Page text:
Frey Farms V’s Wal-Mart Negotiations

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The Frey Family of Companies is a year-round supplier of fresh fruits and vegetables. They are a family of growers, packers, shippers and marketers specializing in watermelons, cantaloupes, pumpkins and fall ornamentals. The Frey Farms Produce headquarters is located in rural Wayne County northeast of Mt. Vernon, IL and is supported by strategic shipping locations in Illinois, Indiana, Missouri, Georgia, Florida and throughout the Midwest.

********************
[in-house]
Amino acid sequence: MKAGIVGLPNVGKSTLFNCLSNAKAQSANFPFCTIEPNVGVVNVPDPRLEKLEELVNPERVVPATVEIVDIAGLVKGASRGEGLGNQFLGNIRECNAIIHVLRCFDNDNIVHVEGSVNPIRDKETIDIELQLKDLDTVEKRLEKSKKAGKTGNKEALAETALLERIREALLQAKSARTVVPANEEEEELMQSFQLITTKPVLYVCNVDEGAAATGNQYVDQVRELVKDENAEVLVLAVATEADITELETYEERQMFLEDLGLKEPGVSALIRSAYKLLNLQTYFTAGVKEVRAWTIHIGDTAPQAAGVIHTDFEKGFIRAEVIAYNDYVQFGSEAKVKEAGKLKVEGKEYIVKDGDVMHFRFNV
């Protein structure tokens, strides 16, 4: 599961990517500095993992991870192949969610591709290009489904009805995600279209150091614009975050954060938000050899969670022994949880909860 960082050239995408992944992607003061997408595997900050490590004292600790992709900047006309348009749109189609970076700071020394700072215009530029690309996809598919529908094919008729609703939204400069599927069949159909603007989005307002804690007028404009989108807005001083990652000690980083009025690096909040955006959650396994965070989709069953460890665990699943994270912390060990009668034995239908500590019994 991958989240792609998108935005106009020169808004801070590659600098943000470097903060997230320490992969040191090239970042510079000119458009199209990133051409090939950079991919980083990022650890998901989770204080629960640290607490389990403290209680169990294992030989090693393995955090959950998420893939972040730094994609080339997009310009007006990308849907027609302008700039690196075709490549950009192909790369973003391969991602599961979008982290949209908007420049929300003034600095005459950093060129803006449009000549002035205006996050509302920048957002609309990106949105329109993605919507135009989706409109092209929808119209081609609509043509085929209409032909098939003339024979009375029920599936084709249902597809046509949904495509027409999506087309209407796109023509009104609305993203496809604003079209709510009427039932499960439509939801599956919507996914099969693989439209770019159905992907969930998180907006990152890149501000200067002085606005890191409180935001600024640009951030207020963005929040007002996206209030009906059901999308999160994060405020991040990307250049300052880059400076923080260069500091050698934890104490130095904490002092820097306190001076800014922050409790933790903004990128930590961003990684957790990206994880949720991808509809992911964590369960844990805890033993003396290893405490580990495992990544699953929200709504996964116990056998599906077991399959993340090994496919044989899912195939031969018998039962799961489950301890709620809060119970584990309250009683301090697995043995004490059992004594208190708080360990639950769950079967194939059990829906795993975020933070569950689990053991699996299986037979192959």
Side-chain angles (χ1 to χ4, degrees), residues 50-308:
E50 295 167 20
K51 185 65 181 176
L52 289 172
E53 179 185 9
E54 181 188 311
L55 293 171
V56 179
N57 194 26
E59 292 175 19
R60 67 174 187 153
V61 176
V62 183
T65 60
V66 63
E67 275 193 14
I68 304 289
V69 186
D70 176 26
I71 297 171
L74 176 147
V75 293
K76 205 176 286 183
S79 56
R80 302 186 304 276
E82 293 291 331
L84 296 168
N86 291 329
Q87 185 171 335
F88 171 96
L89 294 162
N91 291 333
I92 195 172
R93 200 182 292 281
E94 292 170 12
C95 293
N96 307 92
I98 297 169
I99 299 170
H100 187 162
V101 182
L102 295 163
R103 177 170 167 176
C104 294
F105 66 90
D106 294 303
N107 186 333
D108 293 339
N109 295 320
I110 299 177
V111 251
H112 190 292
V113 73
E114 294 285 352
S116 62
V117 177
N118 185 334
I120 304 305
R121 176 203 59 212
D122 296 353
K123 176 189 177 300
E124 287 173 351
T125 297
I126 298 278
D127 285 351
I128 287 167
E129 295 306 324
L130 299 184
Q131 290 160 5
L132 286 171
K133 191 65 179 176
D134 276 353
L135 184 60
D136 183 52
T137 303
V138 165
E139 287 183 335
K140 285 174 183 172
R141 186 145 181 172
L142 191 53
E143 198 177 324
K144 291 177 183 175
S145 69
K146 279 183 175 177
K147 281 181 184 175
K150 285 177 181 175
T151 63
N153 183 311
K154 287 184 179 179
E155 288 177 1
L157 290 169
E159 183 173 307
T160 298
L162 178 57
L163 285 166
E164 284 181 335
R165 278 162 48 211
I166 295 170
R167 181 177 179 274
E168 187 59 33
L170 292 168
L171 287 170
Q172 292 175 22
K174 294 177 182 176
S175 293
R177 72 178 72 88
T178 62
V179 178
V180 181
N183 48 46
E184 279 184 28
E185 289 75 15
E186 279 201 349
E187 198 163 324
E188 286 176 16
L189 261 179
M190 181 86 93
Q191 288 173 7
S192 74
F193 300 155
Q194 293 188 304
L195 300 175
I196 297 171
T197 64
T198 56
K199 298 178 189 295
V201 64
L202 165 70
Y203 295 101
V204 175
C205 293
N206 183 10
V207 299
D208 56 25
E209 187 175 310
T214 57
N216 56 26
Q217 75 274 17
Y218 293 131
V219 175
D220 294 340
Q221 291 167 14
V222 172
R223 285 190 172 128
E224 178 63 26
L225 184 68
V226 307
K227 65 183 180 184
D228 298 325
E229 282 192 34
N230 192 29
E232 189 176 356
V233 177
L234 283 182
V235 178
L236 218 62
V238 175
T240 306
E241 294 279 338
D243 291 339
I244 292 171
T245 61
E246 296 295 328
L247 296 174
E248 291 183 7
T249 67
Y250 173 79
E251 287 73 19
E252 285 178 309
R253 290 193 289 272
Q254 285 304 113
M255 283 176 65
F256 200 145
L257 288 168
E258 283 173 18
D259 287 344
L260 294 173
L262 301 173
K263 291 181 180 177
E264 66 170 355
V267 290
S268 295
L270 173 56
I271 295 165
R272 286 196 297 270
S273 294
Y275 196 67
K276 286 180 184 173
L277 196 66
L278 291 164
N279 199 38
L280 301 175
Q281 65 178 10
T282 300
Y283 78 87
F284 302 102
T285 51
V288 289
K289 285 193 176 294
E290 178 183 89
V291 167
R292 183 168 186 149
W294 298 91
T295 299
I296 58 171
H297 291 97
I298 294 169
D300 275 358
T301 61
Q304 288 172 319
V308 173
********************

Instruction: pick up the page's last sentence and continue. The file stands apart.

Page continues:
The Frey family has been in the produce industry for several years serving large and small retailers alike. They service our customers by way of direct store delivery routes and shipments to major distribution centers. Frey Companies are leaders in innovation, research and technology. Their excellent staff is educated with the technical knowledge and personal skills needed to accomplish any and all business needs. Their customers appreciate the value of “Homegrown Freshness. (Frey Farms Produce Profile) Wal-Mart, the world’s largest retailer, sold $315 billion worth of goods in 2006. With its single-minded focus on “EDLP” (everyday low prices) and the power to make or break; suppliers, a partnership with Wal-Mart is either the Holy Grail or the kiss of death, depending on one’s perspective. There are numerous media accounts of the corporate pillar of rock riding its suppliers into the ground. But what about those who manage to survive, and thrive, while dealing with the classic hardball negotiator?